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What is an API in the context of open banking?

Chris Hooper
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Last editedMay 20232 min read

Does it feel like you constantly have several tabs open on your web browser when trying to take care of basic accounting? Open banking is a system that lets you join up your accounts and take greater control. This technology works with the assistance of APIs – but what is an API in open banking, and how does it all work?

What is open banking?

Before we can answer what an API is in the context of open banking, let’s start with the basics. Open banking is a concept that allows consumers to opt into sharing their financial data with third-party providers. Consumers can take control over their own data, enabling regulated financial institutions and providers to access details to provide better services. It’s designed to be a win-win proposition:

  • Financial service providers can work on offering more innovative, data-driven products.

  • Businesses can take advantage of a wider range of payment options and automated tools.

  • Customers enjoy more competitive financial products tailored to their needs.

The overall trend of open banking points to a financial system that’s more heavily automated, with the end goal of digitizing financial services for the benefit of all parties involved.

What is an API in open banking?

How do APIs factor into the equation? They provide the connecting links between financial institutions, third-party providers, businesses, and consumers. API stands for application programming interface, referring to any interface that connects a service’s database with an outside application. In a general sense, they act as a bridge for data to travel securely from point A to point B.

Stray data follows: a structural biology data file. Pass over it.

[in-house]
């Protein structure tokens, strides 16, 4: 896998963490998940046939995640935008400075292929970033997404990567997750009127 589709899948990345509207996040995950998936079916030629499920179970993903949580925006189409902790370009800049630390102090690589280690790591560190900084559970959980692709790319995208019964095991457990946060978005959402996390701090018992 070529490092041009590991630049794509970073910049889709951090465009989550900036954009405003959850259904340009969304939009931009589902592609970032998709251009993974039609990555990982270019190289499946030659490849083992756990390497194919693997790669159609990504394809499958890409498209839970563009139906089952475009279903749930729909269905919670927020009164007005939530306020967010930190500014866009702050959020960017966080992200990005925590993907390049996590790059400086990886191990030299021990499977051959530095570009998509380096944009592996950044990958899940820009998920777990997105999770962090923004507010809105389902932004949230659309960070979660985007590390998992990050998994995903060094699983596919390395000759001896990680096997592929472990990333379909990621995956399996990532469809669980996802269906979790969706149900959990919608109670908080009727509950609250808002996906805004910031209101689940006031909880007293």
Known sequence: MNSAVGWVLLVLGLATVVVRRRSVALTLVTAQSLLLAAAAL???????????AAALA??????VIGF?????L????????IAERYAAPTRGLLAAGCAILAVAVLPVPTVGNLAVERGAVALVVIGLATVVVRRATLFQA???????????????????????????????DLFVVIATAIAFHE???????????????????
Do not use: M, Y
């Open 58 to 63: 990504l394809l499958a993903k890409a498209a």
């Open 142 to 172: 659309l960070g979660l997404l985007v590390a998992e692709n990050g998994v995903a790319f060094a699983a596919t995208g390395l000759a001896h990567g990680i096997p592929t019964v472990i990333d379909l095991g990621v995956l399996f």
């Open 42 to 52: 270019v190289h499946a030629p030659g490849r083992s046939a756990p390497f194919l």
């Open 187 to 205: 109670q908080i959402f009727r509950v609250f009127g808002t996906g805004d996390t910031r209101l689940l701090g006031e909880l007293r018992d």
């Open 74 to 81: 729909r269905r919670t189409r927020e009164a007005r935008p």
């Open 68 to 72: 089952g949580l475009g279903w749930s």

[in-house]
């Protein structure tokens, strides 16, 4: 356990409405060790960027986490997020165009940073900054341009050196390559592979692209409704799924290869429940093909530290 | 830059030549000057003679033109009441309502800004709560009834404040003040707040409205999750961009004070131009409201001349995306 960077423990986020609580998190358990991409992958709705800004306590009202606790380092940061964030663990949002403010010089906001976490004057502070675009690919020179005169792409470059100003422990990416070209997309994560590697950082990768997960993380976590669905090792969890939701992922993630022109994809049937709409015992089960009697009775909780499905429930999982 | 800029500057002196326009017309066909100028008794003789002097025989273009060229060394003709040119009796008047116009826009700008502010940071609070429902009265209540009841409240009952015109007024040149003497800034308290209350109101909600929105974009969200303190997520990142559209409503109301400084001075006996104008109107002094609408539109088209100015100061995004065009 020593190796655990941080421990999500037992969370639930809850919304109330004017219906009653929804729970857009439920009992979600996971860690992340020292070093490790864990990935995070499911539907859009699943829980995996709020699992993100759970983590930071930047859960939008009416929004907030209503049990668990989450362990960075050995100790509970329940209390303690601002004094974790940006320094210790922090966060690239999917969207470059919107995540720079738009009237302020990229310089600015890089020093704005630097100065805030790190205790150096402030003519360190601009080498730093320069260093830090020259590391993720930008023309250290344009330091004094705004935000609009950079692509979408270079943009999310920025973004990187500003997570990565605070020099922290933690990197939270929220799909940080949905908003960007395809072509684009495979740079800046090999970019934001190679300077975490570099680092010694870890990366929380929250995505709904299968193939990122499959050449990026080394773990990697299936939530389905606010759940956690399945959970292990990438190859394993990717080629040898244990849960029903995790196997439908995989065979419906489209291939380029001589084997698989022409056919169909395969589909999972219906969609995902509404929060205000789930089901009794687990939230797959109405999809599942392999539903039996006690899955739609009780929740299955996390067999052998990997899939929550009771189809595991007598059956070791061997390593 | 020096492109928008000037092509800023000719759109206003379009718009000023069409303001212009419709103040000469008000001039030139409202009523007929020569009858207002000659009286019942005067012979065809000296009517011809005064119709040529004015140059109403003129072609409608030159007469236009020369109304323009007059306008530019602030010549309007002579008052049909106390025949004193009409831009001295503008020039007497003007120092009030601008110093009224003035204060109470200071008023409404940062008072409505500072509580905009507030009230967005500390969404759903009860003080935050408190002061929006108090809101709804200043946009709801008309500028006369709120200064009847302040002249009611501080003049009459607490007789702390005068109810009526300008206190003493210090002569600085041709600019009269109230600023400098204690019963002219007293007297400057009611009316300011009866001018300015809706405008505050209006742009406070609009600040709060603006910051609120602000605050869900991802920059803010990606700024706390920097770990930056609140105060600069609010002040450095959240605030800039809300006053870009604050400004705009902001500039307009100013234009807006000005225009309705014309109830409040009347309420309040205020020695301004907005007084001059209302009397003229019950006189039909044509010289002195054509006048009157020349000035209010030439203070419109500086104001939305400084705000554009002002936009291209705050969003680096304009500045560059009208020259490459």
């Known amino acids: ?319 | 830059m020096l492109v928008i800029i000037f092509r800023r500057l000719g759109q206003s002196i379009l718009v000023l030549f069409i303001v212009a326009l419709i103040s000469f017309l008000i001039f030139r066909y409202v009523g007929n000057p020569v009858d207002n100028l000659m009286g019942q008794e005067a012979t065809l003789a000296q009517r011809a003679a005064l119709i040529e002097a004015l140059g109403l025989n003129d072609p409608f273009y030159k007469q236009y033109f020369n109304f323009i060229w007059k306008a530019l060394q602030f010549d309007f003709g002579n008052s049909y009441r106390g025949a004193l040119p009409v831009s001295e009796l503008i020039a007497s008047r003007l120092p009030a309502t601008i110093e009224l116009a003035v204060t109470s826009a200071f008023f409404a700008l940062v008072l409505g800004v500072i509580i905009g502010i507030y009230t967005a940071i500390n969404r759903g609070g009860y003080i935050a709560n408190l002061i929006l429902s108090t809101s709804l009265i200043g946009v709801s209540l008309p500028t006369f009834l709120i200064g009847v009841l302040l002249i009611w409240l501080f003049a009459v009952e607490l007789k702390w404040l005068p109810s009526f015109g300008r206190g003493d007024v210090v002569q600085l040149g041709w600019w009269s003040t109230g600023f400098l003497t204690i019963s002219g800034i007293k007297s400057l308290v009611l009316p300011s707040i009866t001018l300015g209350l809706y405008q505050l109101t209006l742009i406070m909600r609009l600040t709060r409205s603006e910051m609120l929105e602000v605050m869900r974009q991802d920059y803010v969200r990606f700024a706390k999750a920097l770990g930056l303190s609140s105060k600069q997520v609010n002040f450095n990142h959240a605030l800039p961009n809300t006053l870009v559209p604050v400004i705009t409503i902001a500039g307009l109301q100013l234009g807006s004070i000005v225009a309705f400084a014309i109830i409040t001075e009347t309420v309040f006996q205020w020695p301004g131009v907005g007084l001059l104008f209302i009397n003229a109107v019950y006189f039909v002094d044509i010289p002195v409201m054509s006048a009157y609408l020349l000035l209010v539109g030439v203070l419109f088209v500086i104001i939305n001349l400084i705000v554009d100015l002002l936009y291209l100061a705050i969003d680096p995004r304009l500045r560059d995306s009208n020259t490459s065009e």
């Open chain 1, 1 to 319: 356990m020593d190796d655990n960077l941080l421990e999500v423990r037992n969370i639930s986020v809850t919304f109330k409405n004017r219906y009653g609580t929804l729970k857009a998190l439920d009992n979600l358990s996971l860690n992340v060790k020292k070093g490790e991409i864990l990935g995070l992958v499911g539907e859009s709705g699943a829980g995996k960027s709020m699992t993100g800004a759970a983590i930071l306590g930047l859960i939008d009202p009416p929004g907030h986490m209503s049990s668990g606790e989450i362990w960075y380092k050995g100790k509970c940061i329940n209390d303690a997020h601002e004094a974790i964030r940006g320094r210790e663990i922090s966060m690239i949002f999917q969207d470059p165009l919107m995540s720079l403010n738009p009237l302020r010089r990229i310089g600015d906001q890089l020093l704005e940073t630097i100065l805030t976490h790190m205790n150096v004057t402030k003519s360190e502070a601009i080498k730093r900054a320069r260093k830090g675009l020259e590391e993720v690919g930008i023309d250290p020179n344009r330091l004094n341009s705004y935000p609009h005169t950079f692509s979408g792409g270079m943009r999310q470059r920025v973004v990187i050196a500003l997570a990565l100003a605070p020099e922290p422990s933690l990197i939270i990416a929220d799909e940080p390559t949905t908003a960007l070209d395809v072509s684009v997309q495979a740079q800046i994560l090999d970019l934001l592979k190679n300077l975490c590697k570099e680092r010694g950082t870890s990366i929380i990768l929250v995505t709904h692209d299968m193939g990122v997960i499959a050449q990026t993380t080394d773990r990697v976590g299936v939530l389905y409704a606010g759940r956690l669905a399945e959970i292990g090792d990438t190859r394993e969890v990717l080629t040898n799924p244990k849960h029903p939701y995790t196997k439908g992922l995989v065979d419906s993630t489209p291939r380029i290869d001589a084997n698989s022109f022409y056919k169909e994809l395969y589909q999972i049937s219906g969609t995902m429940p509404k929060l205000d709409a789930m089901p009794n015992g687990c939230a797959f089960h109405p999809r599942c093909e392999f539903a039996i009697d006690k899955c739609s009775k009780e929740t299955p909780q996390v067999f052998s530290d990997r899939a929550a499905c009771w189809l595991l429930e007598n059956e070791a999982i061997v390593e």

An Open Banking API is the interface that links a bank’s database with the outside program or application. This is what allows the bank to offer a wider selection of services, payment plans, and financial products tailored to each individual customer. Banks can develop their own unique APIs, linking them to outside APIs to create a unique financial ecosystem.

Standardized APIs in open banking

We’ve mentioned above that banks have the option of creating custom APIs to best serve their customers. However, there are also standardized APIs to help create a more uniform experience across multiple financial institutions. This makes it easier for multiple banks to link together and share customer data for the purposes of open banking. Typical APIs might focus on transaction history, transaction requests, and user account details.

There are many different organizations worldwide offering standardized APIs. Within the United States, Nacha (National Automated Clearing House Association) has created its own standards group known as Afinis. This offers nine APIs for use by US banks such as the following:

  • ACH account validation

  • ACH payment initiation

  • Account validation

  • Bank contact information

  • Bank contact version 2

  • Pay me

  • Payee profile

  • Real-time billing account validation

  • Transaction status

Banks with open APIs

You’ll find the most banks are now switching over to APIs and open banking. Currently, US banks with open APIs include:

  • Bank of America

  • Citibank

  • Wells Fargo

  • JP Morgan Chase

All of these banks use Nacha’s Afinis group of API standards for open banking. This ensures that the financial institutions can provide their customers with joined-up services for greater efficiency and control. Mastercard and Discover credit cards also use Afinis, as do numerous payment card processors. Still others use their own custom APIs.

The bottom line

Open banking offers multiple benefits to consumers and businesses alike. You can enjoy streamlined payments solutions, better borrowing terms, and more control over your financial management. One of the biggest benefits is account aggregation, which lets you log in once to view all of your various accounts from a central platform. None of this would be possible without APIs, the unique interface that allows one service to communicate with another.

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